Lovells clinches DSS sell-off work

Lovell White Durrant has scooped a £1 million contract to advise the Government on the estimated £4 billion sell-off of the Department of Social Security's national property estate.

Lovells won a beauty parade involving at least six other law firms, rumoured to have included Linklaters & Paines, Norton Rose and Nabarro Nathanson.

The sell-off, code-named Project Prime, was unveiled by Lord Chancellor and Social Security Minister Lord Mackay last June. The entire estate, comprising 700 benefits offices and other DSS buildings, will be transferred to the private sector under the Private Finance Initiative.

Lovells is said to be “over the moon” but is under government instructions not to make a public statement because the tendering process was supposed to be confidential.

The contract is not as lucrative as the £10 million thought to have been awarded to law firms involved in the Railtrack privatisation. But it is seen as a good catch for Lovells, whose property department has been growing in recent years.

Norton Rose is known to be particularly disappointed at not clinching the work. But it can comfort itself with a number of other feathers in its cap, such as the brief to advise Hanson on the development of a shopping centre in Peterborough.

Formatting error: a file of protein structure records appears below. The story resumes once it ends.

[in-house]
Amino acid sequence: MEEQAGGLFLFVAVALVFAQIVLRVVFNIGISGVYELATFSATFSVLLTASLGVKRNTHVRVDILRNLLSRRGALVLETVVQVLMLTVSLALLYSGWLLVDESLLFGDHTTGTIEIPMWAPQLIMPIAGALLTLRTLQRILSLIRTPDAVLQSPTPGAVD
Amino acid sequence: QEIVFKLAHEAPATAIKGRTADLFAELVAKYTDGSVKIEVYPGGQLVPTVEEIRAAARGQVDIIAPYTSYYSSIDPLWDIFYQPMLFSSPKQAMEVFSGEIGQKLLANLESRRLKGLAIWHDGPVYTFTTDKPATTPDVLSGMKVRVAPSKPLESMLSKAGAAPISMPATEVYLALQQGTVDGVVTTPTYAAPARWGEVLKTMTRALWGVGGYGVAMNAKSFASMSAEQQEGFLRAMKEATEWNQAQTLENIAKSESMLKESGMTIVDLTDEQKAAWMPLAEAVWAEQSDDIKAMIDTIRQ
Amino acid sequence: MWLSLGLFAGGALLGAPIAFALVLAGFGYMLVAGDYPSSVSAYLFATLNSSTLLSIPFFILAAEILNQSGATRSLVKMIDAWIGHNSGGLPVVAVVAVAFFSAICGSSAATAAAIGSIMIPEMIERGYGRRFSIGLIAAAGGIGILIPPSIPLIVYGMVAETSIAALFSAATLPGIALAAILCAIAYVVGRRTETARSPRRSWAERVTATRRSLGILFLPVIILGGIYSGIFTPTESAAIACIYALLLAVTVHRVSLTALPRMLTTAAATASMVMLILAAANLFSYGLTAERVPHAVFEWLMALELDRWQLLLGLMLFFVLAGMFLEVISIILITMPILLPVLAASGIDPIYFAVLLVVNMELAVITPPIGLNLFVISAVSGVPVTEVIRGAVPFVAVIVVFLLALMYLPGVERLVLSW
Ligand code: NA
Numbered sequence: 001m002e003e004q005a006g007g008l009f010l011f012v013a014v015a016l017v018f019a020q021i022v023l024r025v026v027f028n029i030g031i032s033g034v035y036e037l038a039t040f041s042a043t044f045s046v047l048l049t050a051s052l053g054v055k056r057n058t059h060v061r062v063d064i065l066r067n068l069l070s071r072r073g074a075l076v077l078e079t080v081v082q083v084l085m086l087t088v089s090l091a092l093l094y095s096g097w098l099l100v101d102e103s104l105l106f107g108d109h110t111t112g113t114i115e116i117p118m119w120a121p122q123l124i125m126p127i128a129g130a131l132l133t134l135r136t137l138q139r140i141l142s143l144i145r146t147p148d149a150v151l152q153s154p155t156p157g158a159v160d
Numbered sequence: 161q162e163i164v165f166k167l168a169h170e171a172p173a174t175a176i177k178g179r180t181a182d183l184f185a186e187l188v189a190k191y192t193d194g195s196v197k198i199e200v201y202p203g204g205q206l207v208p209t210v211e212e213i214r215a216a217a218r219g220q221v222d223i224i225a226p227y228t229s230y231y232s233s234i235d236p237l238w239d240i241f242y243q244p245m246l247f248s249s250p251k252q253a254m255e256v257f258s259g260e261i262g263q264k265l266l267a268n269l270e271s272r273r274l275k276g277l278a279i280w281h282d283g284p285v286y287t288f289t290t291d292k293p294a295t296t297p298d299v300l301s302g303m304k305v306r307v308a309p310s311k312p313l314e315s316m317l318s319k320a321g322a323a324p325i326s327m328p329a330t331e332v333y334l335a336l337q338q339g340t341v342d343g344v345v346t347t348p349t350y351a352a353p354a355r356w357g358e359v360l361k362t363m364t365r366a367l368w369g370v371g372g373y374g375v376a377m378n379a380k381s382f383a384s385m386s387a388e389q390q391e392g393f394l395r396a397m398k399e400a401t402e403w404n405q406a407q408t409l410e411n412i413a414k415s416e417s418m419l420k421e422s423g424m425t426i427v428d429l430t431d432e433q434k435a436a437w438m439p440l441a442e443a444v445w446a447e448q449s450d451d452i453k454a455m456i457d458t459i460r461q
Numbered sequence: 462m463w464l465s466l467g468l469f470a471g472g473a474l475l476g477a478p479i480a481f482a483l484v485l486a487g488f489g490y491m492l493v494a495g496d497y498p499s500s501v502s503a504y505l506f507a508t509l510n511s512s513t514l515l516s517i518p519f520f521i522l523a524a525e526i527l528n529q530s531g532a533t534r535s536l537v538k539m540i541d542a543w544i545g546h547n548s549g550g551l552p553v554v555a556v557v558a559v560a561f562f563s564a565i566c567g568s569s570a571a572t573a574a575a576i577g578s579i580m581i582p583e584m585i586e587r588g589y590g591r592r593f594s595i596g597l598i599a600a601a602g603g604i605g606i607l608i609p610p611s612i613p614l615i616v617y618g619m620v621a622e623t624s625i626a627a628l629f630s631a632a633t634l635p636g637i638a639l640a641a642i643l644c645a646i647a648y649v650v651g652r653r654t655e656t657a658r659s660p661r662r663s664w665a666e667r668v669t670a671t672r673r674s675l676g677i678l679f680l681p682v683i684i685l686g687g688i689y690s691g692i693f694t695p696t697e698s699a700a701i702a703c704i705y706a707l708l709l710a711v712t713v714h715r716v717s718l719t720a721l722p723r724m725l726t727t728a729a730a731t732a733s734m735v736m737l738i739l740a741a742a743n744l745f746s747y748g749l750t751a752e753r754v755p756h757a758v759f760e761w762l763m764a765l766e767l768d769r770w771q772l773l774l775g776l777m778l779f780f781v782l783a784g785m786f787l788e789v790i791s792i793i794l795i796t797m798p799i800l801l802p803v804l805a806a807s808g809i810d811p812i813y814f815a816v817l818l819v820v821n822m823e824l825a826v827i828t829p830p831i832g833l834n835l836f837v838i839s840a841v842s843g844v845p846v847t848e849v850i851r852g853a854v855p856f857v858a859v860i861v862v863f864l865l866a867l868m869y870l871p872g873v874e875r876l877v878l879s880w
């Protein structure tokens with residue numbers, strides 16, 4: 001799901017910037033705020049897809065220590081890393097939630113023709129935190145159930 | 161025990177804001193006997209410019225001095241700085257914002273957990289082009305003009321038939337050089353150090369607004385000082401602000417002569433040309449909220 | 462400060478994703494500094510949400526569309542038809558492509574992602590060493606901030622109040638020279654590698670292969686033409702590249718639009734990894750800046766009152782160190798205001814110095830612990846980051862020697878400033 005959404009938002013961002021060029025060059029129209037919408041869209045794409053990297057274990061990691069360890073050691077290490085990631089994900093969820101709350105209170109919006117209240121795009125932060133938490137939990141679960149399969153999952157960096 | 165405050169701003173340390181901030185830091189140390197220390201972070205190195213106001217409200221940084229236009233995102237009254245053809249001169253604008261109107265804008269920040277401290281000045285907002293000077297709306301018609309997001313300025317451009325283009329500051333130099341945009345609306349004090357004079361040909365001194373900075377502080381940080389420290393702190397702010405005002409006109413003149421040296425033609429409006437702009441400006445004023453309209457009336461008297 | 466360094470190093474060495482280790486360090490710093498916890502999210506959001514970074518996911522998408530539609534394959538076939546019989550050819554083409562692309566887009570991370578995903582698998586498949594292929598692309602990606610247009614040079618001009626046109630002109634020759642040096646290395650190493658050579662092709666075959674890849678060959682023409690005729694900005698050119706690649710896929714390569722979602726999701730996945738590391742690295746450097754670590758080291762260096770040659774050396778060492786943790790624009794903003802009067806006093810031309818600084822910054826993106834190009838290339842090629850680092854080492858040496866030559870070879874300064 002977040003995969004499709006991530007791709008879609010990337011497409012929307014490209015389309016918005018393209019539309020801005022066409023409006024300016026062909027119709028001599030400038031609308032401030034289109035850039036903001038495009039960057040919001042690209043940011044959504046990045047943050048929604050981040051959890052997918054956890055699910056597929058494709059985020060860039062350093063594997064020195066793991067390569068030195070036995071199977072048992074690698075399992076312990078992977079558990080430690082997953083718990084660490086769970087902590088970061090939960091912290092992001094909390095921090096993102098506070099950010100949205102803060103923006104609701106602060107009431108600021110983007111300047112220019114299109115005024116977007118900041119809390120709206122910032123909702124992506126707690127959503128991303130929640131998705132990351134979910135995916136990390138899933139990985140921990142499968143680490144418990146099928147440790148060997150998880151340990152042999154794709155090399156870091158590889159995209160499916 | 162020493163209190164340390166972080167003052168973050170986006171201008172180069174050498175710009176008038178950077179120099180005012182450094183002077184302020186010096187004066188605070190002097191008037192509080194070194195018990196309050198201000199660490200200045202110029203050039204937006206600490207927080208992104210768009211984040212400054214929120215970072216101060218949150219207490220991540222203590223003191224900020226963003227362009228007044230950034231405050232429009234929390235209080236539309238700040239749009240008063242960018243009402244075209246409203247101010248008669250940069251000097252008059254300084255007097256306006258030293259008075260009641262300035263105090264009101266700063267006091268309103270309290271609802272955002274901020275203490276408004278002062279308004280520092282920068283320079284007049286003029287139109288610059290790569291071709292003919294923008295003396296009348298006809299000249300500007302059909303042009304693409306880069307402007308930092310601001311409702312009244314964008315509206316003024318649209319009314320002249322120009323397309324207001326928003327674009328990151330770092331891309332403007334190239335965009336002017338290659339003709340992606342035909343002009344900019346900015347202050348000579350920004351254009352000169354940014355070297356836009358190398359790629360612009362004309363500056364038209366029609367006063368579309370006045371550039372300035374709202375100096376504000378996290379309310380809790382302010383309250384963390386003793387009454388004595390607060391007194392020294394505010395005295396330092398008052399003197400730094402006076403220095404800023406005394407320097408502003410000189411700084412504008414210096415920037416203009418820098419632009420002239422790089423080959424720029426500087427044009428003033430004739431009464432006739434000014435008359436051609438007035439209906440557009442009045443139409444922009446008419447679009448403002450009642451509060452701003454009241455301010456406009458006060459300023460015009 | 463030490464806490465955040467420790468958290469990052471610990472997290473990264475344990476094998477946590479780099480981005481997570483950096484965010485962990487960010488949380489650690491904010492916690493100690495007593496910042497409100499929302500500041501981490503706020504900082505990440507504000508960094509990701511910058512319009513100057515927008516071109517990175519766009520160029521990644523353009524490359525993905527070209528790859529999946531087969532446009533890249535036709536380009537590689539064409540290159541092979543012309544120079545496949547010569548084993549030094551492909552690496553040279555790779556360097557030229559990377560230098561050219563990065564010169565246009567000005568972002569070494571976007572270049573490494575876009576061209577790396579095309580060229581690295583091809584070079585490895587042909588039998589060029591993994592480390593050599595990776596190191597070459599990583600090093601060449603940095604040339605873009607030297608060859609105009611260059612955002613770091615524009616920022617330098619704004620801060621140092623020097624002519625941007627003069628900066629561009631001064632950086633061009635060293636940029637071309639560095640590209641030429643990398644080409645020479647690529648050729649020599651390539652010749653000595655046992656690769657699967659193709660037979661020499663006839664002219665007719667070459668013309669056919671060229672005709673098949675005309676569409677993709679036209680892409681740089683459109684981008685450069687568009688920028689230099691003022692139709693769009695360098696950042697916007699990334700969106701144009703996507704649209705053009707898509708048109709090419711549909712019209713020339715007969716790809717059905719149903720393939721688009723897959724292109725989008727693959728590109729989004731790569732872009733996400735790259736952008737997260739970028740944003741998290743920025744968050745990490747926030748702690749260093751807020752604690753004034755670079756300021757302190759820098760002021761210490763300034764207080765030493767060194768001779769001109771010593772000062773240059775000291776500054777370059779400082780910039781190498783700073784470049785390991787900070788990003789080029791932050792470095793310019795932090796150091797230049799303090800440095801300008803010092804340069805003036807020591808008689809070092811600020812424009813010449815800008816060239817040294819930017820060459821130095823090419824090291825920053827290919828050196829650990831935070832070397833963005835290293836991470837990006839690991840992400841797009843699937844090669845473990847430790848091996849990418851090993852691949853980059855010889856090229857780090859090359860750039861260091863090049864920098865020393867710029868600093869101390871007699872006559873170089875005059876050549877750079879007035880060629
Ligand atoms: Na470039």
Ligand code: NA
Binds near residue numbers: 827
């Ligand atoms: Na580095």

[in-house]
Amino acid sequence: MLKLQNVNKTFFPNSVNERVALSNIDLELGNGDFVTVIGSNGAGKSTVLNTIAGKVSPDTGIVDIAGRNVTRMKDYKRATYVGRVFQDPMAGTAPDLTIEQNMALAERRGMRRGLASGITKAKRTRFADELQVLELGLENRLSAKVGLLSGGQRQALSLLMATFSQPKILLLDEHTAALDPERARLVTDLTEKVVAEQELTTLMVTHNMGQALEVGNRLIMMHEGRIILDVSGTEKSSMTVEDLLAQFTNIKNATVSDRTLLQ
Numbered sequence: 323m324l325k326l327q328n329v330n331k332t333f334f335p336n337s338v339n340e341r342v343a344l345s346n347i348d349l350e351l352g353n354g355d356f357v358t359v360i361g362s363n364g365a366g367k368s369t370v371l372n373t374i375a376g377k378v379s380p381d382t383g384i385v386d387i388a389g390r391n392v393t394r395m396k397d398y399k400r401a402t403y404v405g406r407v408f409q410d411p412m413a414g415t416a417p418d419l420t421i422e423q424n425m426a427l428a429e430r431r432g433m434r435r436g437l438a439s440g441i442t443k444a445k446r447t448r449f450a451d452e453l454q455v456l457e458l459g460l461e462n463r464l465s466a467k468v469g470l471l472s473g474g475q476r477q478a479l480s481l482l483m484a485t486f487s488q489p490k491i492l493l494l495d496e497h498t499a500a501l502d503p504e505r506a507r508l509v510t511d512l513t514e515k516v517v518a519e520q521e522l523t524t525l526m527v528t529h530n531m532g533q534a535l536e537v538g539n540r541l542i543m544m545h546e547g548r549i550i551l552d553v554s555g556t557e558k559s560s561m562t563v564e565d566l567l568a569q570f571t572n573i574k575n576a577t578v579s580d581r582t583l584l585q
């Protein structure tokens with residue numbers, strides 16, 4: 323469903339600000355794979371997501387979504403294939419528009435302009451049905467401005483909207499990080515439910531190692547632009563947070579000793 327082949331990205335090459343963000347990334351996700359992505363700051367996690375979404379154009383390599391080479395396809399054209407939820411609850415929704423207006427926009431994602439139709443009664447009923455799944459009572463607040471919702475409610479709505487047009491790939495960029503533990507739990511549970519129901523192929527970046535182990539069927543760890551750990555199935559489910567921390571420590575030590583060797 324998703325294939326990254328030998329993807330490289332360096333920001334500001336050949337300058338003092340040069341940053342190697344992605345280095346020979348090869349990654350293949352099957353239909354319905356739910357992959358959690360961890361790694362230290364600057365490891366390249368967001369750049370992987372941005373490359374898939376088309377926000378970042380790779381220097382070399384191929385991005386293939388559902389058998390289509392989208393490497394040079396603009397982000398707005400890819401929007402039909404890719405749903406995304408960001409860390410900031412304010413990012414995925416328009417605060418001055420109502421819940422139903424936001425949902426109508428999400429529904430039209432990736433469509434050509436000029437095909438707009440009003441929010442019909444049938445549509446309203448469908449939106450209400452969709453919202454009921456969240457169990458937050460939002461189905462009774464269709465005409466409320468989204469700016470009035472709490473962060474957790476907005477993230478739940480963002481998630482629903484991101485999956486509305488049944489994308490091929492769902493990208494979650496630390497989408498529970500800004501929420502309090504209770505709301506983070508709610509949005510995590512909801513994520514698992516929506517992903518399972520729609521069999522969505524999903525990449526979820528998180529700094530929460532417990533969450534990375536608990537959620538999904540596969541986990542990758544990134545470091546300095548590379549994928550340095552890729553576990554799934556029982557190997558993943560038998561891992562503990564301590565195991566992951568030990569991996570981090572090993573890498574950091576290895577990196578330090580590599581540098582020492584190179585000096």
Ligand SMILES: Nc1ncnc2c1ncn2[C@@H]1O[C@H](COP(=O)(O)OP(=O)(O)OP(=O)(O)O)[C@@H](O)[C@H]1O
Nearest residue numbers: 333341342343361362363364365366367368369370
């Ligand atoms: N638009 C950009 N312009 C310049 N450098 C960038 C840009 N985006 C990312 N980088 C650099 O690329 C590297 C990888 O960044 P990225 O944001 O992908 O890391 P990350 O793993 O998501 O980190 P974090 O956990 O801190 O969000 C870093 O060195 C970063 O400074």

The DSS is responsible for 1.7 million square metres of office space with an annual rental value of £160 million.

Under the arrangements being put in place by ministers, the buildings will be operated by a private consortium which may rationalise the number of benefits offices and develop them for other purposes.

A preferred bidder will be selected next spring and the deal completed by autumn.

Six consortia have already been shortlisted by the Government, with investment banks such as Goldman Sachs and Nomura heading the list.

The key objectives of Project Prime are to reduce the running costs of the department's massive estate and secure private sector funding.